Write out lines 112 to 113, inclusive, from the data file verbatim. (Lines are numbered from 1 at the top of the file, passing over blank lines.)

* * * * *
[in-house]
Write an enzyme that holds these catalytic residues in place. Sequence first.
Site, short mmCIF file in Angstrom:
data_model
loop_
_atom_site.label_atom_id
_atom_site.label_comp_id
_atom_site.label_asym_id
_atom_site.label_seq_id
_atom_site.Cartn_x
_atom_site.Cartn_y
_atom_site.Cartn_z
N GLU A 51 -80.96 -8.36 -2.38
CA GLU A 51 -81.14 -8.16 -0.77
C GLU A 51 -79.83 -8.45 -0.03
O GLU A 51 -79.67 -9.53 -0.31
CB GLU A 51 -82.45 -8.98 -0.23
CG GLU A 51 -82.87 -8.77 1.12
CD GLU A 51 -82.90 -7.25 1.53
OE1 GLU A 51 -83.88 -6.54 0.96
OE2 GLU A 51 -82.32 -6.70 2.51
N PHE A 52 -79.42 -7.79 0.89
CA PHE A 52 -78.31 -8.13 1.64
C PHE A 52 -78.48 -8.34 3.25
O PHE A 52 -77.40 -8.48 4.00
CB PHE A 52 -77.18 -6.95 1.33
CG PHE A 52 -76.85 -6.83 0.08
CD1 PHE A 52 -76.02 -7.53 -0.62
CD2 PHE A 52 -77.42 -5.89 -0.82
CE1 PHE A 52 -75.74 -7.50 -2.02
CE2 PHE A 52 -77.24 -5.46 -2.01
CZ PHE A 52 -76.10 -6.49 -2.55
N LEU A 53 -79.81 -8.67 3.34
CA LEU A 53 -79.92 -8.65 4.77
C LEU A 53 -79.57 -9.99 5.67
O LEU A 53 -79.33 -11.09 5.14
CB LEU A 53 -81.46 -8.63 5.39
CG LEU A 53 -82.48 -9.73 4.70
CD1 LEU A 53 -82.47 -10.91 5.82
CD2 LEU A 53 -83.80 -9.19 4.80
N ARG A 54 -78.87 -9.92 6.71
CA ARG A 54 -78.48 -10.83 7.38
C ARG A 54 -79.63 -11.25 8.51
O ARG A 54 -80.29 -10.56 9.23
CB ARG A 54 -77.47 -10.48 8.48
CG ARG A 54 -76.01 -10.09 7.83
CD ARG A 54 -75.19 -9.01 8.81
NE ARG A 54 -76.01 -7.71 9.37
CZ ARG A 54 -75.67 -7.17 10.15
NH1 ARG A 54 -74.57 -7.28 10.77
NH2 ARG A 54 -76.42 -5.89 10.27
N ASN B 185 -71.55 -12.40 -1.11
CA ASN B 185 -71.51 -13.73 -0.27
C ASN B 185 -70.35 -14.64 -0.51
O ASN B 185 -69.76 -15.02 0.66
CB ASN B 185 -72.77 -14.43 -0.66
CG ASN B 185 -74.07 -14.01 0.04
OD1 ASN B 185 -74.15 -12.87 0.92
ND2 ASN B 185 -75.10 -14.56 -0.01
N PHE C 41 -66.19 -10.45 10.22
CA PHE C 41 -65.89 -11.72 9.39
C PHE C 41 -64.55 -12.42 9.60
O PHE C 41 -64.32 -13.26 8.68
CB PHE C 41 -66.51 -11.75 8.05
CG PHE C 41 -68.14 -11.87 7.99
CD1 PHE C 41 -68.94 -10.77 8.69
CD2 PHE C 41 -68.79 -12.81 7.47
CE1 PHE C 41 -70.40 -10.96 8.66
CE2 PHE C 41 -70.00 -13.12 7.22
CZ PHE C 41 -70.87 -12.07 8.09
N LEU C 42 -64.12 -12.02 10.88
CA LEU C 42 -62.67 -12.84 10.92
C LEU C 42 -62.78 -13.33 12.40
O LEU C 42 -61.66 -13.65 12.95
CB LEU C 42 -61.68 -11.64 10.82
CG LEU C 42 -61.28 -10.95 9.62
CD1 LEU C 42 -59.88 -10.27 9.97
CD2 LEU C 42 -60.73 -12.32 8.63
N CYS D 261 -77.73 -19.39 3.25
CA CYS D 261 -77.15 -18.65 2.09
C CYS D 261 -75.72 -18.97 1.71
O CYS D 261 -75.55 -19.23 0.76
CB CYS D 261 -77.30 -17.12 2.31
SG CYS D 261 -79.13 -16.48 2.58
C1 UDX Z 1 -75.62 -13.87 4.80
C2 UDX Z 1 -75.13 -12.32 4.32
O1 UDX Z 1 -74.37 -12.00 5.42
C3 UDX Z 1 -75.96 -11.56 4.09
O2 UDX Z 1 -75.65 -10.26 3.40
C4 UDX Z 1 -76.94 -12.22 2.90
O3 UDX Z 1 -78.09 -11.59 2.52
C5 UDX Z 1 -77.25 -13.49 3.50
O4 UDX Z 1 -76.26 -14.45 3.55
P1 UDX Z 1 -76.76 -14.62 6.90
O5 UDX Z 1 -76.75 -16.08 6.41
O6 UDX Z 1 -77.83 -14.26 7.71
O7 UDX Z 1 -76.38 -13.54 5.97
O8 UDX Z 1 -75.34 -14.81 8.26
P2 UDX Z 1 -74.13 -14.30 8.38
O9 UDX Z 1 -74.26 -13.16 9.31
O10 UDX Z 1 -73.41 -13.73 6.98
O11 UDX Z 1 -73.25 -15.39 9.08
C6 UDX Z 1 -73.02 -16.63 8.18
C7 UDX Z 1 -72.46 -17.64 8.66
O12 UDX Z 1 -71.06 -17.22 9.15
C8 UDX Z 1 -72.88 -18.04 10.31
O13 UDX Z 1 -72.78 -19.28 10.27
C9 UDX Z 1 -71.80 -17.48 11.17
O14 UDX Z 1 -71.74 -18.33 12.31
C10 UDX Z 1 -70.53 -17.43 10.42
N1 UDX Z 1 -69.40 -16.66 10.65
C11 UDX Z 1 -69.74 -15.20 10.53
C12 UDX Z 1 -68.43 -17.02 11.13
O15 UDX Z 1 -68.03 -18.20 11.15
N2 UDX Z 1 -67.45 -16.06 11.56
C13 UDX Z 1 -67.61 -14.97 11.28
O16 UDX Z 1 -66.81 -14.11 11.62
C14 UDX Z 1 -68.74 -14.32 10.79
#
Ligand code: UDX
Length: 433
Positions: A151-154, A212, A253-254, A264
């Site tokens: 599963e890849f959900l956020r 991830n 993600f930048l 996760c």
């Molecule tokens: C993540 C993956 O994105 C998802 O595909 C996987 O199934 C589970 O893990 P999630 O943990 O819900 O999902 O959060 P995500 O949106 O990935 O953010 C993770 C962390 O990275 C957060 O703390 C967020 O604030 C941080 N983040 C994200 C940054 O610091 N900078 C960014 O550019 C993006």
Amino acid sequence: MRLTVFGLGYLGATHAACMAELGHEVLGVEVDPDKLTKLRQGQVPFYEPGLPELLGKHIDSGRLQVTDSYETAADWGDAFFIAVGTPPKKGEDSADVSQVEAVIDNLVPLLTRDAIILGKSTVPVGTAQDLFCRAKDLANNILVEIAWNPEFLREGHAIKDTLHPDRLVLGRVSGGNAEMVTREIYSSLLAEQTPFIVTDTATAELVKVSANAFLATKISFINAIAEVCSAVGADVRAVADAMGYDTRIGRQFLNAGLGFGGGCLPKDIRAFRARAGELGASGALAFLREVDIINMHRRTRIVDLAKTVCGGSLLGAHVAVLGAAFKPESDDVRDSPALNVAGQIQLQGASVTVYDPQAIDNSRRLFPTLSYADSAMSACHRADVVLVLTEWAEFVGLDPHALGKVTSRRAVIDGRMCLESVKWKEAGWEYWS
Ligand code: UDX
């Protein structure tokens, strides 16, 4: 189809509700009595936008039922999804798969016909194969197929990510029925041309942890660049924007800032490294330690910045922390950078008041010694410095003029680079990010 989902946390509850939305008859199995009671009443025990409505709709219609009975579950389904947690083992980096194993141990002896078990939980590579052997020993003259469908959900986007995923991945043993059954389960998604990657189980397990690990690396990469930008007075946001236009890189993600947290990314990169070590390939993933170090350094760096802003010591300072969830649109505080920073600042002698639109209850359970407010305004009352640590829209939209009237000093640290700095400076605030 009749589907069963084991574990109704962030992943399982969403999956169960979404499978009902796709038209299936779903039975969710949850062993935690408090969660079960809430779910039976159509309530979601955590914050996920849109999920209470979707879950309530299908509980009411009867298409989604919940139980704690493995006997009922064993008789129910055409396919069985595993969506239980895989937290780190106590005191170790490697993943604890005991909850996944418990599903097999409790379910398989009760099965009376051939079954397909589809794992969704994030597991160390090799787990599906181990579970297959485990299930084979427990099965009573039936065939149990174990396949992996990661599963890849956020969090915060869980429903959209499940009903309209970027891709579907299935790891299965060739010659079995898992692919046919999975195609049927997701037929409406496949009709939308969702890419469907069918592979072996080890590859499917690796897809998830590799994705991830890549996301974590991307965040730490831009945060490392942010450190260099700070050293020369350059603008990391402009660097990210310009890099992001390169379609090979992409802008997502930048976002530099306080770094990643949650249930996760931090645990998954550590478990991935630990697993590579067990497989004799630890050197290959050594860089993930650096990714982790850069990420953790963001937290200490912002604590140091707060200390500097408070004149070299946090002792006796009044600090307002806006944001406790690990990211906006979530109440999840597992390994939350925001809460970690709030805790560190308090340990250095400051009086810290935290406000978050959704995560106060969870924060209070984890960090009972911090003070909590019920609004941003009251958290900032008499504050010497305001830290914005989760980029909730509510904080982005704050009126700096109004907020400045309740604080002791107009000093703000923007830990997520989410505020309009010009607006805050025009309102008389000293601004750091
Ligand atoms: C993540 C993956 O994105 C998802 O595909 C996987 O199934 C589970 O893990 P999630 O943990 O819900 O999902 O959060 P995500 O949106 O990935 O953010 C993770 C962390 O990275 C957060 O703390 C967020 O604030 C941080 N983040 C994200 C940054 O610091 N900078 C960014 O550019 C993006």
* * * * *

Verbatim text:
C11 UDX Z 1 -69.74 -15.20 10.53
C12 UDX Z 1 -68.43 -17.02 11.13